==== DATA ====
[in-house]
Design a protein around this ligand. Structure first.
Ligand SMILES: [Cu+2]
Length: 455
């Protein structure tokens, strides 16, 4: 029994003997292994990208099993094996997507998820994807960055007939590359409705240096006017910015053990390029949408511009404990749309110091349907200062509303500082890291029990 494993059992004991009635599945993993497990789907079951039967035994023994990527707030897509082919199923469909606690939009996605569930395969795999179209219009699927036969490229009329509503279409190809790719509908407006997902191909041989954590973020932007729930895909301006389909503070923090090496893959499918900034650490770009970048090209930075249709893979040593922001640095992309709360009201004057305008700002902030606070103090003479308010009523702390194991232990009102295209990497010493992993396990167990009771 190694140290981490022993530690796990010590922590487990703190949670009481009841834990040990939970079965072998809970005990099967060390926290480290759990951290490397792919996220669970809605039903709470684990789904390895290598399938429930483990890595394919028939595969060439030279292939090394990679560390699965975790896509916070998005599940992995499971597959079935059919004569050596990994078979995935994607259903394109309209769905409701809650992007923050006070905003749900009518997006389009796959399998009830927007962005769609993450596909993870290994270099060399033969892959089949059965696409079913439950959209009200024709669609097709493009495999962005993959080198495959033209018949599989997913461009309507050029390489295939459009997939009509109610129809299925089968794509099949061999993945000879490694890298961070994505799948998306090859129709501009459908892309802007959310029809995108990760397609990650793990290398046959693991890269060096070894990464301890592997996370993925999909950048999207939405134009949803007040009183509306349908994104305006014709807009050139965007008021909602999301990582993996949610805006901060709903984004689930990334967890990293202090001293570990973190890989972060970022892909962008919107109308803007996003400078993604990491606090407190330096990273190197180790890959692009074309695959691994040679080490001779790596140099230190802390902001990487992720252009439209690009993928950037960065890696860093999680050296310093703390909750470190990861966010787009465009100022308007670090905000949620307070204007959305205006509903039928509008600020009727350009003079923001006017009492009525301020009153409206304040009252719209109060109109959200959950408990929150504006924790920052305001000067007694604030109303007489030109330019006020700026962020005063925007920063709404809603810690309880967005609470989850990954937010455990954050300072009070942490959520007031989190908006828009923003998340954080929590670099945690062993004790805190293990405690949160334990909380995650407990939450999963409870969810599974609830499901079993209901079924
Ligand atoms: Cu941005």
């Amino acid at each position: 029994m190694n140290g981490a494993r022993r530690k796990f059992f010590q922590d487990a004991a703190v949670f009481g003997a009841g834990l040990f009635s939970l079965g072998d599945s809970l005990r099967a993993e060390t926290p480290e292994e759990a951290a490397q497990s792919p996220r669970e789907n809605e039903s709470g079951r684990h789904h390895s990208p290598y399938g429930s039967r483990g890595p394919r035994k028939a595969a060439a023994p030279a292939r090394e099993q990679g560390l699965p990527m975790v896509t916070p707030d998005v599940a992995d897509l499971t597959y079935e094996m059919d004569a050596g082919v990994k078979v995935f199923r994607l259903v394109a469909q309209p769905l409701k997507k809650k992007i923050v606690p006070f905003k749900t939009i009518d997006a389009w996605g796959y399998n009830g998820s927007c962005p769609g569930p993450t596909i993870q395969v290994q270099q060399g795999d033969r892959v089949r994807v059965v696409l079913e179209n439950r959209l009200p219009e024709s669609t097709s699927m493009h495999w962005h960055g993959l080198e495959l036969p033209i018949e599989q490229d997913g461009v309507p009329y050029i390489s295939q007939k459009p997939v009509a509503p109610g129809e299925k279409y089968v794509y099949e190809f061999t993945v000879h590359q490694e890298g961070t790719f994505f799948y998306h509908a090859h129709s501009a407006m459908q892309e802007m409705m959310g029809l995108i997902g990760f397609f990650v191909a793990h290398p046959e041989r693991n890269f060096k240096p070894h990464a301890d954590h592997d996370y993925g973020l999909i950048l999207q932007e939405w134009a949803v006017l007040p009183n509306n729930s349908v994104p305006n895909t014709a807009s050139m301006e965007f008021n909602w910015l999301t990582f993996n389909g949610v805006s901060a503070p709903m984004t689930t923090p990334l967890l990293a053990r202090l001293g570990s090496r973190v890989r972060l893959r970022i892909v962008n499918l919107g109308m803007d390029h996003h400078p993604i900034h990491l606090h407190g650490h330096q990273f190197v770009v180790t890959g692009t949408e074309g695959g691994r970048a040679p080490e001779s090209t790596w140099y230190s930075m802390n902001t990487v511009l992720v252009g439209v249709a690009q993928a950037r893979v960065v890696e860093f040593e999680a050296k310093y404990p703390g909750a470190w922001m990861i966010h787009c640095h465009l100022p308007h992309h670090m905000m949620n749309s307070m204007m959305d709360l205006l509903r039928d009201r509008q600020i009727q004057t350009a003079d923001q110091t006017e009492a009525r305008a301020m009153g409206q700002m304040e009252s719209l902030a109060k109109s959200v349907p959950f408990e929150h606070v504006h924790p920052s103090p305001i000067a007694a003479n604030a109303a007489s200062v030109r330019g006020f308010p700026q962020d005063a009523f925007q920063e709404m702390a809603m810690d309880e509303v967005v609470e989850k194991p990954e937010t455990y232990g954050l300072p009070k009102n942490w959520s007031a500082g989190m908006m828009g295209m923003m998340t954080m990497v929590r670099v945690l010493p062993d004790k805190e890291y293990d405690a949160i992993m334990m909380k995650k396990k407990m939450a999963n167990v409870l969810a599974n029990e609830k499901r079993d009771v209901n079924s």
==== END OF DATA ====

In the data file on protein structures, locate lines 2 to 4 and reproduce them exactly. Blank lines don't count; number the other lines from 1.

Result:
Design a protein around this ligand. Structure first.
Ligand SMILES: [Cu+2]
Length: 455